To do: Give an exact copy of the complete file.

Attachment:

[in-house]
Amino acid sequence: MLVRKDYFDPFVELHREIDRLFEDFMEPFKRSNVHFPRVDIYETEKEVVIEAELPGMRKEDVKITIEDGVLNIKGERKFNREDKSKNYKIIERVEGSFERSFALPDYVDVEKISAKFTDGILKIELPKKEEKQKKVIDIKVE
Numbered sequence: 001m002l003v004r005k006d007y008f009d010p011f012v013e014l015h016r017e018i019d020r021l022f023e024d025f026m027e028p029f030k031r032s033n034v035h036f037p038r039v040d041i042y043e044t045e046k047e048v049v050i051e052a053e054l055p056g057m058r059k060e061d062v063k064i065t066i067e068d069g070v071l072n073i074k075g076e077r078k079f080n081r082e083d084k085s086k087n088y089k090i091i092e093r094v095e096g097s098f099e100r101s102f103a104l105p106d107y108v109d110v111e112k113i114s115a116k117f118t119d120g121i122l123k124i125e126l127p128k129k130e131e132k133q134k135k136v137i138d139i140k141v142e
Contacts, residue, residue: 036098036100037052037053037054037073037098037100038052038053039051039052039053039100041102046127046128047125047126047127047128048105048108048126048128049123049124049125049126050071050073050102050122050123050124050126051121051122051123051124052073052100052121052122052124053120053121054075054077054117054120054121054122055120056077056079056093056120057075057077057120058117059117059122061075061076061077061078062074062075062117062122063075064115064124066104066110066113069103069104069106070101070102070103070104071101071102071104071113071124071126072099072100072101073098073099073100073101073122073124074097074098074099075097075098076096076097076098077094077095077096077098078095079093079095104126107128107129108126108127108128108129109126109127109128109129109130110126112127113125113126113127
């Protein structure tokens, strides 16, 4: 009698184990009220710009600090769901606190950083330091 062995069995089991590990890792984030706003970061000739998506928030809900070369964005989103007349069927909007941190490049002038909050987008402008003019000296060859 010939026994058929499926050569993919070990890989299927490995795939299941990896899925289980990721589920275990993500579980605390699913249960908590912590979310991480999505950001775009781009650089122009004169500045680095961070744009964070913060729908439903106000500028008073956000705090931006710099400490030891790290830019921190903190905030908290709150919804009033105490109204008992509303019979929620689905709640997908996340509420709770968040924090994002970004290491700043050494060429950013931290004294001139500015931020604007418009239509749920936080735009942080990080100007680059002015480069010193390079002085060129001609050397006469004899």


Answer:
[in-house]
Amino acid sequence: MLVRKDYFDPFVELHREIDRLFEDFMEPFKRSNVHFPRVDIYETEKEVVIEAELPGMRKEDVKITIEDGVLNIKGERKFNREDKSKNYKIIERVEGSFERSFALPDYVDVEKISAKFTDGILKIELPKKEEKQKKVIDIKVE
Numbered sequence: 001m002l003v004r005k006d007y008f009d010p011f012v013e014l015h016r017e018i019d020r021l022f023e024d025f026m027e028p029f030k031r032s033n034v035h036f037p038r039v040d041i042y043e044t045e046k047e048v049v050i051e052a053e054l055p056g057m058r059k060e061d062v063k064i065t066i067e068d069g070v071l072n073i074k075g076e077r078k079f080n081r082e083d084k085s086k087n088y089k090i091i092e093r094v095e096g097s098f099e100r101s102f103a104l105p106d107y108v109d110v111e112k113i114s115a116k117f118t119d120g121i122l123k124i125e126l127p128k129k130e131e132k133q134k135k136v137i138d139i140k141v142e
Contacts, residue, residue: 036098036100037052037053037054037073037098037100038052038053039051039052039053039100041102046127046128047125047126047127047128048105048108048126048128049123049124049125049126050071050073050102050122050123050124050126051121051122051123051124052073052100052121052122052124053120053121054075054077054117054120054121054122055120056077056079056093056120057075057077057120058117059117059122061075061076061077061078062074062075062117062122063075064115064124066104066110066113069103069104069106070101070102070103070104071101071102071104071113071124071126072099072100072101073098073099073100073101073122073124074097074098074099075097075098076096076097076098077094077095077096077098078095079093079095104126107128107129108126108127108128108129109126109127109128109129109130110126112127113125113126113127
């Protein structure tokens, strides 16, 4: 009698184990009220710009600090769901606190950083330091 062995069995089991590990890792984030706003970061000739998506928030809900070369964005989103007349069927909007941190490049002038909050987008402008003019000296060859 010939026994058929499926050569993919070990890989299927490995795939299941990896899925289980990721589920275990993500579980605390699913249960908590912590979310991480999505950001775009781009650089122009004169500045680095961070744009964070913060729908439903106000500028008073956000705090931006710099400490030891790290830019921190903190905030908290709150919804009033105490109204008992509303019979929620689905709640997908996340509420709770968040924090994002970004290491700043050494060429950013931290004294001139500015931020604007418009239509749920936080735009942080990080100007680059002015480069010193390079002085060129001609050397006469004899």